Saturday, February 2, 2008

On Disease

There's an article by Bruce Levine up at Alternet about Oppositional Defiant Disorder (ODD).

In 1980, the American Psychiatric Association (APA) created oppositional defiant disorder, defining it as "a pattern of negativistic, hostile and defiant behavior." The official symptoms of ODD include "often actively defies or refuses to comply with adult requests or rules" and "often argues with adults." While ODD-diagnosed young people are obnoxious with adults they don't respect, these kids can be a delight with adults they do respect; yet many of them are medicated with psychotropic drugs.



Apparently the diagnostic criteria listed in the DSM-IV-TR are:

• Deliberately annoying people
• Blaming others for own mistakes
• Easily annoyed
• Angry and resentful
• Spiteful or even vengeful

Meeting four out of five of these criteria gets you a diagnosis of ODD.

ODD seems like a perfect example of the way our society pathologizes behavior, especially behavior that we find discomforting. Levine emphasizes the ways in which these behaviors might be a natural response to a negative environment - controlling parents, a school that doesn't meet one's approval or one's needs, etc. He points out that most children diagnosed as ADHD will show no symptoms when engaged in an activity that they've chosen and they enjoy.

While I enthusiastically agree with much of Levine's article, some of the sentiments expressed in the comments disturbed me. I think there is a tendency in this movement to discount the possibility that some people may really be suffering from a disease.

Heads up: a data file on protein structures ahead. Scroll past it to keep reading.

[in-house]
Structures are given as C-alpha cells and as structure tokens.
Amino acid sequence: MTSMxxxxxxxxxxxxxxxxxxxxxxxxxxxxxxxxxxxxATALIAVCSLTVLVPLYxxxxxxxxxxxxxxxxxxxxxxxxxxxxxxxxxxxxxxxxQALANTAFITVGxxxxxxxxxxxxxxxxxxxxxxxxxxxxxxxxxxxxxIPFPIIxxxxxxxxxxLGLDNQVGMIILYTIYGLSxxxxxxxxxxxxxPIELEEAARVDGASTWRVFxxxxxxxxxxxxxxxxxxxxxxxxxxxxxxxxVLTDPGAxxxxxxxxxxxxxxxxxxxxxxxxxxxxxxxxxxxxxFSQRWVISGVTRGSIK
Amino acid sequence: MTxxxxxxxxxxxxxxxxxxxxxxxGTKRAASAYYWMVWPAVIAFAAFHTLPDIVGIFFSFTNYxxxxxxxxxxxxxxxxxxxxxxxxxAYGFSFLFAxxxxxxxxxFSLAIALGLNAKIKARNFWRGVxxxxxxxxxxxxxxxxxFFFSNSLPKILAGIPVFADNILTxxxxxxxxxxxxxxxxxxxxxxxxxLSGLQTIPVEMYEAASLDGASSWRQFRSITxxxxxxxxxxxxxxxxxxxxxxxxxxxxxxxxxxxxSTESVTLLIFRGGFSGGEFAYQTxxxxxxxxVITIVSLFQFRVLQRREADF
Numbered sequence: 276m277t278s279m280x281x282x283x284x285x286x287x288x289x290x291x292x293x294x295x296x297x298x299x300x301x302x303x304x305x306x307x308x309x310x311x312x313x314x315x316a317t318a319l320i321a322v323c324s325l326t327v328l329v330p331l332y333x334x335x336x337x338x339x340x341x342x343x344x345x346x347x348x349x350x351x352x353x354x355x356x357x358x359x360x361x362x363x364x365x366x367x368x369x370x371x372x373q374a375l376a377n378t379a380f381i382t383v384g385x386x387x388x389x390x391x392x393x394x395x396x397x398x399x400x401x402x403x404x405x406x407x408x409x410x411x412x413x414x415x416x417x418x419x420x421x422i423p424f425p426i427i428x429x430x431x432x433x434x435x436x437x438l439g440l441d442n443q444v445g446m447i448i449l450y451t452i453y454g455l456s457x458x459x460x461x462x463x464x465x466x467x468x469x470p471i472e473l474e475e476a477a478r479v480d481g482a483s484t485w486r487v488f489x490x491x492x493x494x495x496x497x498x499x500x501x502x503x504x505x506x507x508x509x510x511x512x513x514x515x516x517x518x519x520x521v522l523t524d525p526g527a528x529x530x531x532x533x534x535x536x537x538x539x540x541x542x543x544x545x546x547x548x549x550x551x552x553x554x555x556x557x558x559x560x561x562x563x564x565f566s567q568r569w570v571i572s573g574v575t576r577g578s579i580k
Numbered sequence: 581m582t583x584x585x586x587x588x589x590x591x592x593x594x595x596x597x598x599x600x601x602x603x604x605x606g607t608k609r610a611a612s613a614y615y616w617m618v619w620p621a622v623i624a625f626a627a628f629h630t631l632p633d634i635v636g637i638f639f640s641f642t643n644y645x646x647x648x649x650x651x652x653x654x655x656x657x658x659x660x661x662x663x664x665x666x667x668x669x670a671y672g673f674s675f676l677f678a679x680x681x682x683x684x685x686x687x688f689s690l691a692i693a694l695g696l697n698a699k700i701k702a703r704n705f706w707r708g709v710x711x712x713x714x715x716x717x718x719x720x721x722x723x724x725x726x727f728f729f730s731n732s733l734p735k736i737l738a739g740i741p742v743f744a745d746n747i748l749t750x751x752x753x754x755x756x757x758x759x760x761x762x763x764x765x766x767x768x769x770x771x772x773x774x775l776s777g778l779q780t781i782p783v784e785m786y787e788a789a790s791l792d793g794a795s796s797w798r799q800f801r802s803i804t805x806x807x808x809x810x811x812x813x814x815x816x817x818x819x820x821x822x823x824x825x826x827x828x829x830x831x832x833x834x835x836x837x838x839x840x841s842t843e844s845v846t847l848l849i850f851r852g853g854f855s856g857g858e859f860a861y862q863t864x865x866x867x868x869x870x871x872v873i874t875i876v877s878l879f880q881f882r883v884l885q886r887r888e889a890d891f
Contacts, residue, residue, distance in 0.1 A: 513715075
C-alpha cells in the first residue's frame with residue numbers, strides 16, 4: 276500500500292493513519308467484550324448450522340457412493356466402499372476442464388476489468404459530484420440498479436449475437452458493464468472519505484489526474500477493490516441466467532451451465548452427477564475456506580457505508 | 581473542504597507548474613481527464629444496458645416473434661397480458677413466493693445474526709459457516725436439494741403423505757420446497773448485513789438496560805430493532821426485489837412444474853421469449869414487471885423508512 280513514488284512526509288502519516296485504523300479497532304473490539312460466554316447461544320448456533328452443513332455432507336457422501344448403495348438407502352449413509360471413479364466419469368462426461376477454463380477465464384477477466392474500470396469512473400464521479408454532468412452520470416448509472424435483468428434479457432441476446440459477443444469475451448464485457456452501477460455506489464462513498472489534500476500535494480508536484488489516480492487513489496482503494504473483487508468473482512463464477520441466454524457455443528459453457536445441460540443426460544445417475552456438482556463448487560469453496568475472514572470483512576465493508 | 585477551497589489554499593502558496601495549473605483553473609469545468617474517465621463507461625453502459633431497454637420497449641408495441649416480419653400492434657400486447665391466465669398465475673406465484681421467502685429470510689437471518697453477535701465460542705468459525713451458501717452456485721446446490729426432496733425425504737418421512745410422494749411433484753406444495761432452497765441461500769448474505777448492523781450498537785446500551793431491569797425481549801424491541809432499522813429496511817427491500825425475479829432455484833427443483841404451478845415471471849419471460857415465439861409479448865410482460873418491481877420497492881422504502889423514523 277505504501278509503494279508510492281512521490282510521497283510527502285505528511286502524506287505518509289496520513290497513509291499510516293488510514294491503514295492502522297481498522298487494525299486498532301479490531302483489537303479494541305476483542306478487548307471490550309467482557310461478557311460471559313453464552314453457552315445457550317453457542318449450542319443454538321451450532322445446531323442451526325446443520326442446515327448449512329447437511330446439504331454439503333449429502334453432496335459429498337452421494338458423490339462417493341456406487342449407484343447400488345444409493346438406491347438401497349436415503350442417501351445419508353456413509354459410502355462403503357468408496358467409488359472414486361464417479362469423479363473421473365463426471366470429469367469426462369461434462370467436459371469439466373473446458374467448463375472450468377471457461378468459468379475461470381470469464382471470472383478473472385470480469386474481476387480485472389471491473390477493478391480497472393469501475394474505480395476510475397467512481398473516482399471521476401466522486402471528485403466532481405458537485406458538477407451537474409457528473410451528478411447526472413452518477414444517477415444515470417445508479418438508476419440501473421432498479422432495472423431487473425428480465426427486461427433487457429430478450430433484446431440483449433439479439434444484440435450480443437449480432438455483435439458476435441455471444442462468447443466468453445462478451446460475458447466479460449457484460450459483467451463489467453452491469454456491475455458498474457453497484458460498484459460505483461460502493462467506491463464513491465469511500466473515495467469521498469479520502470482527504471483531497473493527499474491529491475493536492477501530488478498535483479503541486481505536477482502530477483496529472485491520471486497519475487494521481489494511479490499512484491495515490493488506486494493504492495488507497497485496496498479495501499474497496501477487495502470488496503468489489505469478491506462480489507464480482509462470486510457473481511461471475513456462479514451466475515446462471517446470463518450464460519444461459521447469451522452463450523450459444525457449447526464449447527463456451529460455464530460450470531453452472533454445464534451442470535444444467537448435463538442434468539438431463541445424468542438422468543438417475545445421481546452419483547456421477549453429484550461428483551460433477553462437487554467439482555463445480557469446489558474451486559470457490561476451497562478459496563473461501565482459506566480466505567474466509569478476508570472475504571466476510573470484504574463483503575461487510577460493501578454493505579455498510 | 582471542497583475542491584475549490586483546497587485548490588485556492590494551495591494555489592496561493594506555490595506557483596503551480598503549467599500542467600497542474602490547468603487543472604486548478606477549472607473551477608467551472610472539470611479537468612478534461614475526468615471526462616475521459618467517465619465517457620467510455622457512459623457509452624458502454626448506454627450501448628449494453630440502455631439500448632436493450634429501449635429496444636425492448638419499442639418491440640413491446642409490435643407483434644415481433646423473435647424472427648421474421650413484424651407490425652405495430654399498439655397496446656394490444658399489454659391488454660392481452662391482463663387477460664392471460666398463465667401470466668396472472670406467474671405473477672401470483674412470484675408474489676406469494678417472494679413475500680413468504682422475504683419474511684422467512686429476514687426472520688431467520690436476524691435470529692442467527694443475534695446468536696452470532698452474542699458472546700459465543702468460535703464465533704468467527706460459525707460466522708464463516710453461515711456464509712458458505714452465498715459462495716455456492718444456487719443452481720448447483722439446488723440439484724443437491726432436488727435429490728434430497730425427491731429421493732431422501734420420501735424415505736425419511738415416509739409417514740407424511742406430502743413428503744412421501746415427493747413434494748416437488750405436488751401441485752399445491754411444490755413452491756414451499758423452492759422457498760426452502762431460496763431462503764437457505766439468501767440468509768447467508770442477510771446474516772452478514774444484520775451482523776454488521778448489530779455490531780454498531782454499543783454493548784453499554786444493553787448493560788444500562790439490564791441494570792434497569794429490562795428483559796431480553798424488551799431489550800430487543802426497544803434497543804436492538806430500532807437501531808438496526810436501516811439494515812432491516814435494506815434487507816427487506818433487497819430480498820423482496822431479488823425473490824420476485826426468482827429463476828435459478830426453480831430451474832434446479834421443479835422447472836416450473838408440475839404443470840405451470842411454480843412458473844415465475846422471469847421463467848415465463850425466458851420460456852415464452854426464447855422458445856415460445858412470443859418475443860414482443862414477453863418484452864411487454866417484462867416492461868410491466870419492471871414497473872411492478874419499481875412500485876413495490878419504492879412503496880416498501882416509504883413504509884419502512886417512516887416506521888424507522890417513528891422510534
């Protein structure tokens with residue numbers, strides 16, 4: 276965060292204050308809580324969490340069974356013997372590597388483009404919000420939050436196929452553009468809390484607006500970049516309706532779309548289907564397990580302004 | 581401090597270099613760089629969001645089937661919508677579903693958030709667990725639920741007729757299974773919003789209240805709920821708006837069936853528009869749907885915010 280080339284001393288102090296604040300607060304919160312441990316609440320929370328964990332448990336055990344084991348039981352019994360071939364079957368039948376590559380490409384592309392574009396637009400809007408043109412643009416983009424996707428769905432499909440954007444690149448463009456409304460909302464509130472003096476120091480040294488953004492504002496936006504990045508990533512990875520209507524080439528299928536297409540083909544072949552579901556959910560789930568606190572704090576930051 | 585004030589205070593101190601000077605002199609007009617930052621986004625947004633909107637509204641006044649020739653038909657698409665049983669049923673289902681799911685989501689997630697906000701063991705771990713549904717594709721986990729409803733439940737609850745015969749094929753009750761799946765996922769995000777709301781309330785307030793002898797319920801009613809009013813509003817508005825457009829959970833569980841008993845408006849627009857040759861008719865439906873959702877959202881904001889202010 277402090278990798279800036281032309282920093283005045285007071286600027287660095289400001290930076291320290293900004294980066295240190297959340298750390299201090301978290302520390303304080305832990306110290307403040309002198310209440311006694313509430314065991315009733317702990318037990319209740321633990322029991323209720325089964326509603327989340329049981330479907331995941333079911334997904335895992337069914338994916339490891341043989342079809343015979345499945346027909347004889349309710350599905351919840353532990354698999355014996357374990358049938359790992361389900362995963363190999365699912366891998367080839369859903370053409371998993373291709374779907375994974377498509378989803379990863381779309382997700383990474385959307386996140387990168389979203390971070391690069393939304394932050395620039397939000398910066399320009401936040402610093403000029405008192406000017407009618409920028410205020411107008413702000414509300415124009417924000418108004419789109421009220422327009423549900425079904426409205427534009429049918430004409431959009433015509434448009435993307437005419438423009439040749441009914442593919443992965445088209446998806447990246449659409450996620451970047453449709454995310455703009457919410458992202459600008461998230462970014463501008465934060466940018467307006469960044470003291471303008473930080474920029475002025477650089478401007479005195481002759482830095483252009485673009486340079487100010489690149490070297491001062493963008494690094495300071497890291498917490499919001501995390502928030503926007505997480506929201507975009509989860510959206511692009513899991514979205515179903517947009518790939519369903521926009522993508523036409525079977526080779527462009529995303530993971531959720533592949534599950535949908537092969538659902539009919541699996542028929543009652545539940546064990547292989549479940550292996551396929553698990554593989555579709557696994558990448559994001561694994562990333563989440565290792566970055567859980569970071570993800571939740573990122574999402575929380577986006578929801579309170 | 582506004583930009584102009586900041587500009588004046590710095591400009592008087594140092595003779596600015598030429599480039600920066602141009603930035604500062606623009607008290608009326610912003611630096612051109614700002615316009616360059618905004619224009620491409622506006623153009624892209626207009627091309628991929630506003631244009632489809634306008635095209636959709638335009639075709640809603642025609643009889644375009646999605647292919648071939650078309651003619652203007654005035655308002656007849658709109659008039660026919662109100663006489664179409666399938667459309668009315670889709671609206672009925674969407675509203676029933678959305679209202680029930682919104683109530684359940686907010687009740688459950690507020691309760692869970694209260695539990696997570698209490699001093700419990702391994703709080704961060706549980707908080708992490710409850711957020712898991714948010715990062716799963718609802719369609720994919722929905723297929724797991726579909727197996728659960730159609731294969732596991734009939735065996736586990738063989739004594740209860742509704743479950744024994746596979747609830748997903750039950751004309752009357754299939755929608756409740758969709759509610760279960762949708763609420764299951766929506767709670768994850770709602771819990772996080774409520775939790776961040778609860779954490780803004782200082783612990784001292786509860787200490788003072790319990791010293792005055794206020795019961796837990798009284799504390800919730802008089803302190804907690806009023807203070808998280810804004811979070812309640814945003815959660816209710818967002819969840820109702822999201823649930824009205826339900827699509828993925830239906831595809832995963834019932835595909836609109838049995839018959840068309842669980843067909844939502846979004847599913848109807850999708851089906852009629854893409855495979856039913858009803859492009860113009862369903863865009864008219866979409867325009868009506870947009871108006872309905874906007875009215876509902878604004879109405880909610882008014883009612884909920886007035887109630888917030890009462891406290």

I was raised by a psychologist who is a passionate advocate for mental health parity. I have always believed that mental illness is as "real" as physical illness - as cancer or arthritis or the common cold. I support the expansion of health care to cover the costs of treating mental illness (whether with medication, therapy, or some other treatment) and I hope, as most people do, for a day when it is no longer stigmatized. And I think there are clearly some examples which back up this point of view - Alzheimer's disease, drug addiction, disorders which involve severe psychosis, just to name a few.

So for me, seeing certain behaviors as a disease is something that can be empowering. And while I believe in challenging our conceptions of mental illness - what causes it, how we should treat it, whether we should treat it - I think we run the risk of denying people the right to understand and categorize their own experiences in whatever manner they see fit.

I think this is a conflict where mental health and radical psychology advocates can draw something from other progressive movements. I've noticed, for instance, a strong focus among supporters of GLBTQ rights on letting individuals define themselves and their experiences. There is a deep respect for people's autonomy, for the diversity and the validity of each of their experiences. Another example is abortion rights - forced abortion is just as unacceptable as not having access to abortion. That's why feminists work against laws and conventions which pressure women in one direction or the other. Because when it comes to people's lives, choice is paramount.